Trashcan Sinatras: Live & Acoustic

Tuesday, June 5 - Doors 8pm - $20

One Night, Two Albums - Performing the "Cake" and "I've Seen Everything" albums in their entirety! ​

"The world would be a poorer place without the Trashcan Sinatras" – Billboard Magazine

The story of the Trashcan Sinatras is one of perseverance—that of the band, and that of its fans. The group originally formed as a covers band in 1987 in Irvine, Scotland. Their debut, Cake, was released to critical acclaim in 1990, and spawned alternative and college radio hits "Obscurity Knocks" and "Only Tongue Can Tell." The more mature follow-up, 1993's I've Seen Everything, received even stronger reviews, but in an era when grunge was all the rage, the Trashcans' melodic gems were buried by the alt-rock sounds from Seattle. Album number three, A Happy Pocket, was released in 1996 (but not in the USA, the band's largest market) just before the demise of Go!Discs, and became the band's final traditional-label release for quite some time.

An early belief in the value of the Internet, however, led to the creation of an official website, and the band's heavily trafficked website,, helped unite the Trashcans's global fan base, which stood devoted and zealous behind the group's shift to independence.

The fan support would prove critical, as the Trashcans would enter their most trying times, including growing financial burdens, moving out of their Shabby Road Studios and an extended separation between band members. Feeling an obligation to their partially-completed songs and inspired by their fan loyalty, the band pushed onward, writing new material and working to come together for performances in bars and at festivals in Scotland, London and the Far East.

Fans rallied for the release of copious demos, rarities and obscurities and the Trashcans responded with a number of free downloads and internet-only releases, including 2003's double CD compilation, Zebra of the Family. Few things are more precious to a dedicated music fan than tracks from their favorite group's vault and the releases continued to ignite the band's online following.

Preparing for the release of a new album, the Trashcans travelled to the United States in March, 2004. A session on KCRW's "Morning Becomes Eclectic" and sold out (in just two days) concert at the Troubadour in Hollywood, were followed by five appearances at the SXSW music festival. Billboard commented on the band's "dreamy melodies for a drizzly night," with two of its staffers naming the band to their SXSW top 10, while USA Today named the Trashcans one of "10 bands you must hear right now!"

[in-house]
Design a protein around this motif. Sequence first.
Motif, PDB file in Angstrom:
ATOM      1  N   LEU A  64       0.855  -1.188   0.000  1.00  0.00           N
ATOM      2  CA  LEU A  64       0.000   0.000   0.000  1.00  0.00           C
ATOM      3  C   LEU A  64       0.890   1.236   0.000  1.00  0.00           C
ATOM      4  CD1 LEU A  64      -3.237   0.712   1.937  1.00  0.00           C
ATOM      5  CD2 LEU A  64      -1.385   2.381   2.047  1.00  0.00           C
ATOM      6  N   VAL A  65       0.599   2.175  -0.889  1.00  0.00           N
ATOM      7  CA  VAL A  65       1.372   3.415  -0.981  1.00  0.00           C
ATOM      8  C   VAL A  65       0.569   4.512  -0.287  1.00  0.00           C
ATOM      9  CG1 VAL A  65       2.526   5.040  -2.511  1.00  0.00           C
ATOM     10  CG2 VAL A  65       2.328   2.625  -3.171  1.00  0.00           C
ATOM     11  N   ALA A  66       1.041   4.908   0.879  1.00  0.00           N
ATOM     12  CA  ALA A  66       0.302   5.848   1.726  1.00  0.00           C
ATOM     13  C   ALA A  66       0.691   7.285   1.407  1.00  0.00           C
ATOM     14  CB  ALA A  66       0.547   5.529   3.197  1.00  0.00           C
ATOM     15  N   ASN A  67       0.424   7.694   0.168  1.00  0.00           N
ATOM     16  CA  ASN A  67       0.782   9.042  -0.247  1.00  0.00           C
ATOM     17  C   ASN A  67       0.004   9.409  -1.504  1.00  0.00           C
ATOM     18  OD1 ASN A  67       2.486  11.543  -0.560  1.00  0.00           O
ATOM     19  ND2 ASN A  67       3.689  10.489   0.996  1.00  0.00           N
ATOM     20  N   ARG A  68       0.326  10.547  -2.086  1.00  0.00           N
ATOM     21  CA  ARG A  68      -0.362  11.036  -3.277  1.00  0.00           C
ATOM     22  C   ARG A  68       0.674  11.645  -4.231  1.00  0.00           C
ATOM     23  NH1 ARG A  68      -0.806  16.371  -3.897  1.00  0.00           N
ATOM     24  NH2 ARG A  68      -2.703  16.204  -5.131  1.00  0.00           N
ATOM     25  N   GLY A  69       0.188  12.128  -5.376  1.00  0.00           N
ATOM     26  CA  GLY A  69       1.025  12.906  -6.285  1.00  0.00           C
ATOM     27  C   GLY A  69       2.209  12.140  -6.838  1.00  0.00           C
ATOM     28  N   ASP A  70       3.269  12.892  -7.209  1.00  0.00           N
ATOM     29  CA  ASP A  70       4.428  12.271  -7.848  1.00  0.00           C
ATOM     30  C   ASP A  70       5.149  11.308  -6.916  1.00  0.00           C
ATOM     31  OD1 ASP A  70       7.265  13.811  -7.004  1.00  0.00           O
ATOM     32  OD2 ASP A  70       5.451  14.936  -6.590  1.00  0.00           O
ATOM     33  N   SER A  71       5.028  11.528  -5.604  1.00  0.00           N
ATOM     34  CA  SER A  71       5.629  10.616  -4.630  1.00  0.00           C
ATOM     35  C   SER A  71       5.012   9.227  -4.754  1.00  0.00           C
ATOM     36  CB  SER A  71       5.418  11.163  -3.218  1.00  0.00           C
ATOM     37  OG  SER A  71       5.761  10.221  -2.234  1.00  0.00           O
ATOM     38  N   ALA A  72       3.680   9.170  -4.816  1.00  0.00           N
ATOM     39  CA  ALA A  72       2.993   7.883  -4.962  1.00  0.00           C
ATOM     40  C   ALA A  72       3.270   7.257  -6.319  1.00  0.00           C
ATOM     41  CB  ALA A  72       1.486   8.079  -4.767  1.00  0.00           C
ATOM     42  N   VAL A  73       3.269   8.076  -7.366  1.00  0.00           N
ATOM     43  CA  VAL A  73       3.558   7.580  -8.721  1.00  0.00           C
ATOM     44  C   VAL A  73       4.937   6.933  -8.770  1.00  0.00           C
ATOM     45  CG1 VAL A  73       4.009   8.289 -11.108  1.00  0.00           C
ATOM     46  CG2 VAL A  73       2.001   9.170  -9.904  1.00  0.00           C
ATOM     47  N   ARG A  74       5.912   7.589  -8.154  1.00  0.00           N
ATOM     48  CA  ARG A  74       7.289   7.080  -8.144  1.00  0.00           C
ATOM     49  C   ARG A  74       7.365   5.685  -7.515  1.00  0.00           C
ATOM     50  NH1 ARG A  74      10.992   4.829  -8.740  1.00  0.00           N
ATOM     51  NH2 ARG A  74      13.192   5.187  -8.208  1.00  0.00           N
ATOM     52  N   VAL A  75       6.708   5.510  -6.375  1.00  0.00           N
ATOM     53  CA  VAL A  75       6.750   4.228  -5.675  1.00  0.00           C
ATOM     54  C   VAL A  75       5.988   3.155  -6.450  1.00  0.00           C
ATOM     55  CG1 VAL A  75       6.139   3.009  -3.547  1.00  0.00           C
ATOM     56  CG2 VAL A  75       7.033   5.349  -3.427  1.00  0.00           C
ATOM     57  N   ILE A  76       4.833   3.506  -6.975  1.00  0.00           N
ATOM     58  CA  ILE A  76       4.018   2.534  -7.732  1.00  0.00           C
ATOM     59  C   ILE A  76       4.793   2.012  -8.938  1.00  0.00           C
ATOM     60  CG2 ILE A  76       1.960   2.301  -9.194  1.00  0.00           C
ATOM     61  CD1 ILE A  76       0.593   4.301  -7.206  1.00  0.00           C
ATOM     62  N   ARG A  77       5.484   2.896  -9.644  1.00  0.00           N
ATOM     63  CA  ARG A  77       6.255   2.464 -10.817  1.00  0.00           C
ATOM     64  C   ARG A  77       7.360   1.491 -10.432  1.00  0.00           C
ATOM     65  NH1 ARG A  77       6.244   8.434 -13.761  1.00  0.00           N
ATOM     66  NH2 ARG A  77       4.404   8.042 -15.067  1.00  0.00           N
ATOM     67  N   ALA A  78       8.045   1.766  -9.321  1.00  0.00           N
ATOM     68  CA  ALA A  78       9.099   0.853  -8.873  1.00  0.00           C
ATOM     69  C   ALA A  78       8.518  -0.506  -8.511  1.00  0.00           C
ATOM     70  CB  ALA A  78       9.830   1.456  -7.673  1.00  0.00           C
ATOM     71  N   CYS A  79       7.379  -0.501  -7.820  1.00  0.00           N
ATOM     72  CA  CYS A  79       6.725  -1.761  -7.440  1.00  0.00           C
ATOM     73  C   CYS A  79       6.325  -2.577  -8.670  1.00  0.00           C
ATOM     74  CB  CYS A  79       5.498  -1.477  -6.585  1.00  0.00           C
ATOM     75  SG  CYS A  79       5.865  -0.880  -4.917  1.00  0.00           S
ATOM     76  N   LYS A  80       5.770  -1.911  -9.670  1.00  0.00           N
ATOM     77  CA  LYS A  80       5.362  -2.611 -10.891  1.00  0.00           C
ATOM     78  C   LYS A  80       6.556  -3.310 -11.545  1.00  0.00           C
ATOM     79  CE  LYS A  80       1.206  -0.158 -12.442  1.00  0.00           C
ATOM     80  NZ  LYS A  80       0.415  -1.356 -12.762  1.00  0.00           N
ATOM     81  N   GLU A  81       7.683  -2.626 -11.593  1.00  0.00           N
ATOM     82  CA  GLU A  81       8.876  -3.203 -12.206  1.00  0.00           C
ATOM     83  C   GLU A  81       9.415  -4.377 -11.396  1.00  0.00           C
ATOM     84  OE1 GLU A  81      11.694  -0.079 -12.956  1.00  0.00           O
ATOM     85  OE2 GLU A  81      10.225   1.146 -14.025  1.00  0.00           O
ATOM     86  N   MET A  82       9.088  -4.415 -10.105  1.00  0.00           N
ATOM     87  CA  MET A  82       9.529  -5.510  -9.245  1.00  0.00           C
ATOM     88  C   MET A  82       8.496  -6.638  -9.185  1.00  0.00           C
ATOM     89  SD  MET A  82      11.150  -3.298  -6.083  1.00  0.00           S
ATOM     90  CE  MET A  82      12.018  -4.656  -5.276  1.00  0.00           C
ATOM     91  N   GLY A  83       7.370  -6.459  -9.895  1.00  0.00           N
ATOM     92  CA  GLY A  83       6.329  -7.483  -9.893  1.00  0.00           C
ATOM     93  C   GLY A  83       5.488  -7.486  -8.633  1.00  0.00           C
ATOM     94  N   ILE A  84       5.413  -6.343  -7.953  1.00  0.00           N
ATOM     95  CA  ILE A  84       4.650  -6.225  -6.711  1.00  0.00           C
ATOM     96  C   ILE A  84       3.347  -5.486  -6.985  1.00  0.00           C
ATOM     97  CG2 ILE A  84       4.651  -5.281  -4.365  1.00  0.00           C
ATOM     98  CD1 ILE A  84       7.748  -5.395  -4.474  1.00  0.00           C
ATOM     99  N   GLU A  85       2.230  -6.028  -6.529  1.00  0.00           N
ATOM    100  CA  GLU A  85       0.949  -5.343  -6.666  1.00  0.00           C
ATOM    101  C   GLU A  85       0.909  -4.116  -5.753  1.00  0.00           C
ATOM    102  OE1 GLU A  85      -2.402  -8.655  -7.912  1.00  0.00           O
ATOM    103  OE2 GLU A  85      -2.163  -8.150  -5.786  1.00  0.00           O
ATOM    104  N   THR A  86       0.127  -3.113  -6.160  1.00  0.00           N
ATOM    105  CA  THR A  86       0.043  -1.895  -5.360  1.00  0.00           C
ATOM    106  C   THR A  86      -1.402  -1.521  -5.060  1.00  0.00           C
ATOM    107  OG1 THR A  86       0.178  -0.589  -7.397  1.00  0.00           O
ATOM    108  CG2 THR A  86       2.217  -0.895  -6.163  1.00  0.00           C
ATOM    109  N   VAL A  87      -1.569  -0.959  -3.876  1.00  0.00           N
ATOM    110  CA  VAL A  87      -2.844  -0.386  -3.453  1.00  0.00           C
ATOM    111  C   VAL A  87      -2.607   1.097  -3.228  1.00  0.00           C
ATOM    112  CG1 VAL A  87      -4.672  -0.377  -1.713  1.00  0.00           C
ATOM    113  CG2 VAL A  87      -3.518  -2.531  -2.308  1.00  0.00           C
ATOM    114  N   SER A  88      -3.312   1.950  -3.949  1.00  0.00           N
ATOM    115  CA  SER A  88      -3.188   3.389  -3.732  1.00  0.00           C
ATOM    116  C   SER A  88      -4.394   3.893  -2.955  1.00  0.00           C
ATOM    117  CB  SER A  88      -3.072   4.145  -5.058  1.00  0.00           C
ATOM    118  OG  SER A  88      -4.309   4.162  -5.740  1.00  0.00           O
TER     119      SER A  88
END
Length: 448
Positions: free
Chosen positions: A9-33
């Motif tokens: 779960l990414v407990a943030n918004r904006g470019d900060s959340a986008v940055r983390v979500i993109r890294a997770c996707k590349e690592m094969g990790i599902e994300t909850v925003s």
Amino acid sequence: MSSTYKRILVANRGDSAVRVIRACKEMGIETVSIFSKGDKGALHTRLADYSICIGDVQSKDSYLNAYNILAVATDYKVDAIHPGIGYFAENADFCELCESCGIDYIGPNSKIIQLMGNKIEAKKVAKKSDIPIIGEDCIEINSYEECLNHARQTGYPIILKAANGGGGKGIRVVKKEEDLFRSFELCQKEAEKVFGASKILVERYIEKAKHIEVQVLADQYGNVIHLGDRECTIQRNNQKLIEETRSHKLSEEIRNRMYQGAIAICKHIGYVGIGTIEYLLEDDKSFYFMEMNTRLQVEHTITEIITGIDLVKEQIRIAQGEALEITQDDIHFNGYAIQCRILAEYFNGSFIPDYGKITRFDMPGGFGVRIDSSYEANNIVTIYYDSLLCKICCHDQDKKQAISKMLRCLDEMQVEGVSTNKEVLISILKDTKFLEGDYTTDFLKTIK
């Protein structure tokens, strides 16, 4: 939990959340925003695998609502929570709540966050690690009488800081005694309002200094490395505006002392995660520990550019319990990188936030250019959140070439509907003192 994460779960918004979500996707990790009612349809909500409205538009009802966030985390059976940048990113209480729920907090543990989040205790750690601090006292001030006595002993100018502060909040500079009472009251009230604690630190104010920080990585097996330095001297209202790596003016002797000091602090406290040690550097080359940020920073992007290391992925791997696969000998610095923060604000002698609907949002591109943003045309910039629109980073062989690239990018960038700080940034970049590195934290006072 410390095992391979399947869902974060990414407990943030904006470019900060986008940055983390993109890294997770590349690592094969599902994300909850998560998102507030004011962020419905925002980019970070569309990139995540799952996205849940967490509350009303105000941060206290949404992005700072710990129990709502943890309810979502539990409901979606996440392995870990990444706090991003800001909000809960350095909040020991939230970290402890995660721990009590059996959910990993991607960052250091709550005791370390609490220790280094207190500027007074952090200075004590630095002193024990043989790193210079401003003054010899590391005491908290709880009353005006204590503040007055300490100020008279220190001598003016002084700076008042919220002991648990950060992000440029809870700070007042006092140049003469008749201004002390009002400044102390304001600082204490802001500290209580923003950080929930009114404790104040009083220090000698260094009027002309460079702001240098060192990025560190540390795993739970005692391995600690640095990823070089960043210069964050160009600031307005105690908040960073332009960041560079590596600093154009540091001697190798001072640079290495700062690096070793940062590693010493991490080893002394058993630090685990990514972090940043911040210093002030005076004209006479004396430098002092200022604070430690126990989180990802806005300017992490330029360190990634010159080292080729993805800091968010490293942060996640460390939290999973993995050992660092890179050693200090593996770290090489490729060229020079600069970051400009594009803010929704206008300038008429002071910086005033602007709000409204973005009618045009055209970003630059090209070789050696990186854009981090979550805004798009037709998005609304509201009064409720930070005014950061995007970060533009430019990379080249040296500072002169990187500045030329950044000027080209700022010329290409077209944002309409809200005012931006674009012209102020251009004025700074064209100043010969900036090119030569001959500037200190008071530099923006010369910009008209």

Out of this highly turbulent period came the Trashcan Sinatras' long-awaited, deeply crafted fourth album, Weightlifting. The independently funded album was released in North America on August 31, 2004, to overwhelmingly positive reviews. Praise flooded the music magazines: "[Weightlifting is] chock-full of well-textured pop reveries" (Rolling Stone); "Their songs are rife with inexplicable magic" (Filter); "A joyful and reflective string of smart, gentle pop songs" (The Onion); "Weightlifting [was] worth the fight" (Billboard); "A must-have gem" (Under the Radar); "[we have it in] heavy rotation" (Spin).

The Trashcans embarked on their first North American tour in over ten years, covering 26 dates, nearly as many in-store and radio appearances, and drew sold-out crowds, including New York City (Bowery Ballroom), San Francisco (Slim's) and Hollywood, where they played three shows at the Troubadour in just two days.

March 2005 saw the U.S. release of the 21-track acoustic album Fez, recorded during the previous winter's acoustic tour of the States and marked a return engagement at the SXSW music festival with a total of five appearances. Rolling Stone's SXSW wrap-up named the Trashcan Sinatras "Best Party Band."

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